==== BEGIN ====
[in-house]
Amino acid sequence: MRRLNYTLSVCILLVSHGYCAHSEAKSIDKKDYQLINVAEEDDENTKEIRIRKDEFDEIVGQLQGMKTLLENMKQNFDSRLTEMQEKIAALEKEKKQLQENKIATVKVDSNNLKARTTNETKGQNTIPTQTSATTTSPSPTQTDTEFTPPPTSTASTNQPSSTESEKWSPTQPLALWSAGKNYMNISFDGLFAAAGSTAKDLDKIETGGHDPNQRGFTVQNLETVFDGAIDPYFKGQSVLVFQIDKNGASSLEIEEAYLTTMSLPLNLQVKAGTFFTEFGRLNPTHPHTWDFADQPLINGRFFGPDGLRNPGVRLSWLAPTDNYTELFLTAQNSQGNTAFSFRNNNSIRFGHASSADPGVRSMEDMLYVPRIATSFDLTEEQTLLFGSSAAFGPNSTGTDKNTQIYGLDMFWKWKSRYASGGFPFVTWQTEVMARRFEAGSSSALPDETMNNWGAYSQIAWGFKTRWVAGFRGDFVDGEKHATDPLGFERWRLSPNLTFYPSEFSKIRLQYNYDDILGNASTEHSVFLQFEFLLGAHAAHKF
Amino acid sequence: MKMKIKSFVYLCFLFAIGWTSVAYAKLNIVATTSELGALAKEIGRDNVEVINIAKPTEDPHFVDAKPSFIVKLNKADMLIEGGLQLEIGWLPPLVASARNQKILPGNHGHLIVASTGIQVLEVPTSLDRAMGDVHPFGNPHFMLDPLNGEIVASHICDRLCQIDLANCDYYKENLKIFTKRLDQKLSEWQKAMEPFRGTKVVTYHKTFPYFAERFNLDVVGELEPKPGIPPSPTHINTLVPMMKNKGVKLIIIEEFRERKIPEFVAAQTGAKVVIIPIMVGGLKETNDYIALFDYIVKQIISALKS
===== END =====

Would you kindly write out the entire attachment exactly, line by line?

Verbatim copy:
[in-house]
Amino acid sequence: MRRLNYTLSVCILLVSHGYCAHSEAKSIDKKDYQLINVAEEDDENTKEIRIRKDEFDEIVGQLQGMKTLLENMKQNFDSRLTEMQEKIAALEKEKKQLQENKIATVKVDSNNLKARTTNETKGQNTIPTQTSATTTSPSPTQTDTEFTPPPTSTASTNQPSSTESEKWSPTQPLALWSAGKNYMNISFDGLFAAAGSTAKDLDKIETGGHDPNQRGFTVQNLETVFDGAIDPYFKGQSVLVFQIDKNGASSLEIEEAYLTTMSLPLNLQVKAGTFFTEFGRLNPTHPHTWDFADQPLINGRFFGPDGLRNPGVRLSWLAPTDNYTELFLTAQNSQGNTAFSFRNNNSIRFGHASSADPGVRSMEDMLYVPRIATSFDLTEEQTLLFGSSAAFGPNSTGTDKNTQIYGLDMFWKWKSRYASGGFPFVTWQTEVMARRFEAGSSSALPDETMNNWGAYSQIAWGFKTRWVAGFRGDFVDGEKHATDPLGFERWRLSPNLTFYPSEFSKIRLQYNYDDILGNASTEHSVFLQFEFLLGAHAAHKF
Amino acid sequence: MKMKIKSFVYLCFLFAIGWTSVAYAKLNIVATTSELGALAKEIGRDNVEVINIAKPTEDPHFVDAKPSFIVKLNKADMLIEGGLQLEIGWLPPLVASARNQKILPGNHGHLIVASTGIQVLEVPTSLDRAMGDVHPFGNPHFMLDPLNGEIVASHICDRLCQIDLANCDYYKENLKIFTKRLDQKLSEWQKAMEPFRGTKVVTYHKTFPYFAERFNLDVVGELEPKPGIPPSPTHINTLVPMMKNKGVKLIIIEEFRERKIPEFVAAQTGAKVVIIPIMVGGLKETNDYIALFDYIVKQIISALKS